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Does AstraZeneca’s share price fall make it a bargain FTSE 100 stock?

The AstraZeneca (LSE: AZN) share price is a long way from being the hardest hit in this market crash. It ended yesterday at just over 7,000p. This is down 9% from its pre-crash level on 21 February, and 11% below its all-time high of 7,878p printed in January.

However, because big FTSE 100 pharma firms have defensive qualities, and healthcare is an industry with long-term structural growth drivers, we shouldn’t expect a company like AZN to suffer as badly as stocks in more cyclical or structurally-challenged sectors. Therefore, we should ask whether AZN’s current discount share price is a bargain for a stock of its quality.

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Debased coinage

Fund manager Mark Slater — son of the late Jim Slater (author of best-selling investment book The Zulu Principle) — recently savaged companies’ “adjusted earnings per share” numbers as “a debased coinage.”

Most companies headline such numbers in their results, and most analysts and investors use them to value the business. Almost invariably, these numbers portray a more flattering picture of the company’s performance than statutory EPS.

I’ve previously suggested AstraZeneca’s adjusted EPS — it calls it ‘core’ EPS — is one of the most egregious around. Don’t get me wrong, I think AZN is a quality business with a sound strategy, but, for a good while, I’ve felt the shares have been over-valued on a true view of underlying EPS.

However, after the recent fall in the share price, do I think the valuation is now attractive?

Smoke and mirrors revisited

I last wrote about AZN after its Q3 results last year. In that article, I showed how the company books one-time gains on disposals of non-core drugs as ‘core’ operating profit. I pointed out that such disposals had increased from £0 in 2014 to £1.9bn in 2018, with the latter representing a whopping 33% of AZN’s ‘core’ operating profit for the year.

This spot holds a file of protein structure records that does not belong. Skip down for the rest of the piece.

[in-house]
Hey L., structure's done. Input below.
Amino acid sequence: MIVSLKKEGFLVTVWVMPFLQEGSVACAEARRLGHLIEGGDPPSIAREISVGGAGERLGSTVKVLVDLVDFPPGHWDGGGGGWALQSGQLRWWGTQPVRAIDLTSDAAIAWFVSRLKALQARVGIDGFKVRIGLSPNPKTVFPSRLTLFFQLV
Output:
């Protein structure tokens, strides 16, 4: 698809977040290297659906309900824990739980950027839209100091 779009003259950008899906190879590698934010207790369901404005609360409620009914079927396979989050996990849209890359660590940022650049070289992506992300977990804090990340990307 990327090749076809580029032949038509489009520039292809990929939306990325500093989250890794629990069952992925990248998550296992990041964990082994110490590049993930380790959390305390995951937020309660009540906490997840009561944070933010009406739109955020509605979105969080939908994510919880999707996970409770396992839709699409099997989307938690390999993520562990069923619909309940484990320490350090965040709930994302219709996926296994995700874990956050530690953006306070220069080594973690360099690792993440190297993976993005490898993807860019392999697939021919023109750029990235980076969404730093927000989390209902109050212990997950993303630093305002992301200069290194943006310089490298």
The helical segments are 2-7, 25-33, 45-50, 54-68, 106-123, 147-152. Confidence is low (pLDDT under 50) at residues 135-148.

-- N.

On a positive note, I suggested it looked like certain disposals for 2019 would be lower, and that what I consider true core earnings would increase for the first time in five years. We now have AZN’s 2019 results, and the table below brings the position up to date.

 Year

2014

2015

2016

2017

2018

2019

Statutory operating profit (£bn)

2.1

4.1

4.9

3.7

3.4

2.9

Adjustments (before gains on disposals) (£bn)

4.8

1.8

0.5

1.7

0.4

2.3

My core operating profit (£bn)

6.9

5.9

5.4

5.3

3.8

5.2

Gains on disposals (£bn)

0.0

1.0

1.3

1.5

1.9

1.2

AZN core operating profit (£bn)

6.9

6.9

6.7

6.8

5.7

6.4

Gains on disposals as % of AZN core operating profit

0

14

19

22

33

19

As you can see, gains on disposals in 2019 were indeed lower, both in absolute terms (£1.2bn), and as a percentage of AZN’s core operating profit (19%). This is a move in the right direction, so how is the company’s price-to-earnings (P/E) valuation looking today?

Getting there

AZN’s EPS for 2019 came in at $3.50 (267.2p at current exchange rates) on the company’s own core measure. It worked out at $2.75 (209.9p) on my core measure, and at $1.03 (78.6p) on a statutory basis.

At the current share price of 7,003p, this produces P/Es of 26.2 (AZN core), 33.4 (my core) and 89.1 (statutory). I believe my core number is a truer reflection of the underlying business performance than AZN’s core (and the statutory measure).

I’d want to see a P/E in the 20s on my measure before considering the stock a potential buy. This would require a lower share price or a further improvement in core EPS. For the moment, I continue to see AZN as a stock to avoid on valuation grounds.

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G A Chester has no position in any of the shares mentioned. The Motley Fool UK has recommended AstraZeneca. Views expressed on the companies mentioned in this article are those of the writer and therefore may differ from the official recommendations we make in our subscription services such as Share Advisor, Hidden Winners and Pro. Here at The Motley Fool we believe that considering a diverse range of insights makes us better investors.